One of the best things about college was the wonderful fully stocked training room with trainers and machines to ease the aches and pains that you sustain throughout the season. Unless you play for a team with a newer arena no such luxuries exist and the equipment they use for rehab is ancient and even a little sketchy at times. The best advice I can give is bring everything you may need and essentially become your own trainer. This includes therabands, foam rollers, lacrosse balls (to roll out plantar fasciitis), ankle/knee/shoulder/every kind of brace you need, yoga mat, blanky, teddy bear or anything that is needed in order to recover and play through the bumps and bruises. If you get seriously injured and believe you may need surgery the team will do everything they can to try and pressure you to play through your injury or have the procedure done then and there. This a very bad decision and the health care system can be a little medieval depending on the country you are in so plant your tuchus in a plane seat and have it taken care of at your alma mater or a doctor your agents work with.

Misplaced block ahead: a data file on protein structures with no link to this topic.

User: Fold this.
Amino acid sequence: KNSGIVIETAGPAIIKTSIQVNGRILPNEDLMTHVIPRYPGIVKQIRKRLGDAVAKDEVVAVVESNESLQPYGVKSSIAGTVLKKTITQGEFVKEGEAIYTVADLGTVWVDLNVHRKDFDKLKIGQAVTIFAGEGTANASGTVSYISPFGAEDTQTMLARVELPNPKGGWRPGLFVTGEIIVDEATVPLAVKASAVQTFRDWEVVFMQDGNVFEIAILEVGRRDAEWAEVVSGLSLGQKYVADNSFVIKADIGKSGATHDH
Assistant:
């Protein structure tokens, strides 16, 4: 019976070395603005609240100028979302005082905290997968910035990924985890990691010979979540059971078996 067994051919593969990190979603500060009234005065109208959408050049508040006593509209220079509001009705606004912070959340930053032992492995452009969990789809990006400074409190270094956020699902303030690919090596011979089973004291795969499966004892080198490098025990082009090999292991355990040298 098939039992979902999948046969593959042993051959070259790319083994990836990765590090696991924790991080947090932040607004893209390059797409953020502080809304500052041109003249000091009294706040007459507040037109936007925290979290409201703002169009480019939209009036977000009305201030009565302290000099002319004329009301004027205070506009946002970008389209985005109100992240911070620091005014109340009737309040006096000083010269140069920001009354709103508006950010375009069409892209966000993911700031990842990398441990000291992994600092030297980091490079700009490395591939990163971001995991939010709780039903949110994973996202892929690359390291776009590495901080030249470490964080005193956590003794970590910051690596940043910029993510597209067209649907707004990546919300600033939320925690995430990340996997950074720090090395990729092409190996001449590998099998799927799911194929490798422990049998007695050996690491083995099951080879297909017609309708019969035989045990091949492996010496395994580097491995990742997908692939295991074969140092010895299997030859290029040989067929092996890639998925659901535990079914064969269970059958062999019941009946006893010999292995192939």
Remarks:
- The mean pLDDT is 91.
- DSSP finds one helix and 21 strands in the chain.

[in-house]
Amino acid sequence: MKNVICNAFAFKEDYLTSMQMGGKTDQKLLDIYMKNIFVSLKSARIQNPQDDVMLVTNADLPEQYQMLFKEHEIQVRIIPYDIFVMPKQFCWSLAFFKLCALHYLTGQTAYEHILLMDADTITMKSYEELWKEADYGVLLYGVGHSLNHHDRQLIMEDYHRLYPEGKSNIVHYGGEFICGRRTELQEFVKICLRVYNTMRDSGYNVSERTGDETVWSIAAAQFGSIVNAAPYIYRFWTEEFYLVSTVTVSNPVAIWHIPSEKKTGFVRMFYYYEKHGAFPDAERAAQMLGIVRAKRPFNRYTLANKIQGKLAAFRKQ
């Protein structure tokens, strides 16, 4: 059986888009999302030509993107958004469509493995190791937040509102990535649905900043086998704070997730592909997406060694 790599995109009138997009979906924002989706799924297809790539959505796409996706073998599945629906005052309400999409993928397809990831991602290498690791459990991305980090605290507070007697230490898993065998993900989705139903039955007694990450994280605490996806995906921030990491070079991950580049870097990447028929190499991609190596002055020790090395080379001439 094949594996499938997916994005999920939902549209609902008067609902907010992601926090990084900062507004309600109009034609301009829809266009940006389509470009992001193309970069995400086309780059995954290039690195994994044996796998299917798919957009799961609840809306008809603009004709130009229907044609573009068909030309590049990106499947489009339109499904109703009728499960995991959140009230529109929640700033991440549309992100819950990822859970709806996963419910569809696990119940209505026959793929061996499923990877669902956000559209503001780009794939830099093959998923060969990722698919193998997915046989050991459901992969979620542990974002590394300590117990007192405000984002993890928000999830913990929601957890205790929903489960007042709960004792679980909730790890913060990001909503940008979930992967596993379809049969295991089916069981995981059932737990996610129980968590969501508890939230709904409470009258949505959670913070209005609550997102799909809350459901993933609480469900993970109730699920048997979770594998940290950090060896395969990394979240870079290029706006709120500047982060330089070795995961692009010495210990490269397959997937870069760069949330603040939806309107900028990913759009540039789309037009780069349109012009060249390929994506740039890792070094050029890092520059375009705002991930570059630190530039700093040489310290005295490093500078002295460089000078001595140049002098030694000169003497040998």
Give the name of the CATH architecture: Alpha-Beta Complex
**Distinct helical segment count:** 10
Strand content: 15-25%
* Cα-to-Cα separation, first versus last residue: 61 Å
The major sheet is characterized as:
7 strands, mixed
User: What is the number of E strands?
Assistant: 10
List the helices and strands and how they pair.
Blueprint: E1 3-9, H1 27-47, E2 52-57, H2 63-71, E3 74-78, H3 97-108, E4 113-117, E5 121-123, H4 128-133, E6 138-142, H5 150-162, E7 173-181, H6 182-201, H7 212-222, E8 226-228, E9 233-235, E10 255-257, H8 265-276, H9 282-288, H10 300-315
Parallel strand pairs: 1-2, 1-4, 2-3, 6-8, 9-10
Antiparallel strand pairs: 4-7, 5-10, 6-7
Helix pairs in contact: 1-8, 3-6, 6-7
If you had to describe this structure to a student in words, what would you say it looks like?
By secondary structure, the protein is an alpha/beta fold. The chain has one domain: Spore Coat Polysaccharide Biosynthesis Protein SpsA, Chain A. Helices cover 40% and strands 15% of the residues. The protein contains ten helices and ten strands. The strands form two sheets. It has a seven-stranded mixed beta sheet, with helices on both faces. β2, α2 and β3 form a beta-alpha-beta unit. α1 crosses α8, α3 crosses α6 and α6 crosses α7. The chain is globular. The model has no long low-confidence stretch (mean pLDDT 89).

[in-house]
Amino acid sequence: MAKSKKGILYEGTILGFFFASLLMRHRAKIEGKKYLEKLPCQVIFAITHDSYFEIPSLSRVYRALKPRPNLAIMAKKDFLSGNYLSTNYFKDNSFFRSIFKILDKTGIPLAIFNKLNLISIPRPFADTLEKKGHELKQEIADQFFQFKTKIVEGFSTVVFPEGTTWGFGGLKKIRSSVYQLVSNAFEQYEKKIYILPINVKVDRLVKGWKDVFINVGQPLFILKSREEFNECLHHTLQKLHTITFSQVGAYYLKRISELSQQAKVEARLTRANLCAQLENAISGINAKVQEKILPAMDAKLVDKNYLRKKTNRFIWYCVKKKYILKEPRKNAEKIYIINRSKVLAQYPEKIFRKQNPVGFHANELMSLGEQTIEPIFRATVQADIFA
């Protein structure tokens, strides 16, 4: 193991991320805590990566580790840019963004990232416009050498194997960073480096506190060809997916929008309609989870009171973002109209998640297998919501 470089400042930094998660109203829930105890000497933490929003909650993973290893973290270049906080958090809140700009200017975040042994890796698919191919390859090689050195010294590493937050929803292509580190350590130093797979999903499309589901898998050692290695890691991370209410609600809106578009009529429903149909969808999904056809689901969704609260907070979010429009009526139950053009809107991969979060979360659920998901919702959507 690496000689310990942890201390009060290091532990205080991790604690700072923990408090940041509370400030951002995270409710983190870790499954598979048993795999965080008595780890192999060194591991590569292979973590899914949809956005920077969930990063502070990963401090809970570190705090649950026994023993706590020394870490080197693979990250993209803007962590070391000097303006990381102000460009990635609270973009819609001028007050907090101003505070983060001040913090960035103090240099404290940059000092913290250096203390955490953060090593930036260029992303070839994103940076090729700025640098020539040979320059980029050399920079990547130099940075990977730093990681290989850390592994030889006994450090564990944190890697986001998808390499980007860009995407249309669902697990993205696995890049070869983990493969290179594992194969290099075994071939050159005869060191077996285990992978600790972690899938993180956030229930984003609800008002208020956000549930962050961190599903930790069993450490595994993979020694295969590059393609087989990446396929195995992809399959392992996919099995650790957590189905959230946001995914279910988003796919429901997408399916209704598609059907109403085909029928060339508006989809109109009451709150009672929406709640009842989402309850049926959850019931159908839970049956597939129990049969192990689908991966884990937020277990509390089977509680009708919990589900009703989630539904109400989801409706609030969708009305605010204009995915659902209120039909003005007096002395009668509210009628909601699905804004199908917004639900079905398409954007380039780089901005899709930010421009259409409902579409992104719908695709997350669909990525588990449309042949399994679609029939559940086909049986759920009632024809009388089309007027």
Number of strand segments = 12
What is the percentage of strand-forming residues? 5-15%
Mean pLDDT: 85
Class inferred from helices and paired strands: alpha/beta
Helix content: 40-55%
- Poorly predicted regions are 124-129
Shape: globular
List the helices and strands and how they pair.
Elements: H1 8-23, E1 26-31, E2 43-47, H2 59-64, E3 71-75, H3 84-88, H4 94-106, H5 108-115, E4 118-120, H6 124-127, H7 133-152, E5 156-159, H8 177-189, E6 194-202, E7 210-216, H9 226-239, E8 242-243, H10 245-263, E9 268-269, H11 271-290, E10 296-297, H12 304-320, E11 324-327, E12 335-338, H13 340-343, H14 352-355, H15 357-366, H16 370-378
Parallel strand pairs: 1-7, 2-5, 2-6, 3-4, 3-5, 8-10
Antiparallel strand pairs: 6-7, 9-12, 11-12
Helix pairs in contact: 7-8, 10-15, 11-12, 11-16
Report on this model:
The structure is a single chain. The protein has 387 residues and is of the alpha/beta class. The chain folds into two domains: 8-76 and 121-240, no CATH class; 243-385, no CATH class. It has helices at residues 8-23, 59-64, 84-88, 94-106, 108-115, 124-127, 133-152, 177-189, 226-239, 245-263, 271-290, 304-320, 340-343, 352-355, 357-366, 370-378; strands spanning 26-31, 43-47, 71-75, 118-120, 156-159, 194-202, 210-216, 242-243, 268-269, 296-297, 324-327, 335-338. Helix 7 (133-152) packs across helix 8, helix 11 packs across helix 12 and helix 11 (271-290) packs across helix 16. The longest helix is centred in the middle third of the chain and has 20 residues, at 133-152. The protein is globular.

One of the best and worst parts about being a professional athlete is all the unscheduled hours you have each day. In college I always felt like I was running around and had something going on. Between lifting, class, practice, tutoring, studying, females and friends there wasnât much time where I had 10 straight hours with nothing to do. Now the only thing I really need to do each day is go to practice and take care of my body. My daily routine includes lots of cooking, icing, and yoga, but that can only take up so many hours in a day. I know it differs for everyone and some of the most common things guys with their downtime include naps, Netflix, social media, video games, movies, listening to music and spacing out. For me I use this time to work on side projects (blog, podcast, basketball camp) as well as time to learn. I was never into school but I have always enjoyed reading and learning new things. I spend a ton of time watching TED Talks and Documentaries, listening to NPR, reading books and online articles, and cruising through the occasional TV series. I really do love all this free time, and feel like it is one of the best parts of my job. I am doing my best to take advantage and use it as a time to learn about myself and think about what I want to do once I stop playing basketball. Being able to keep yourself entertained is a must when playing overseas. Unless you bring a friend, relative, or significant other you will have several hours of unscheduled time to yourself and being able to entertain yourself is a huge part of this job.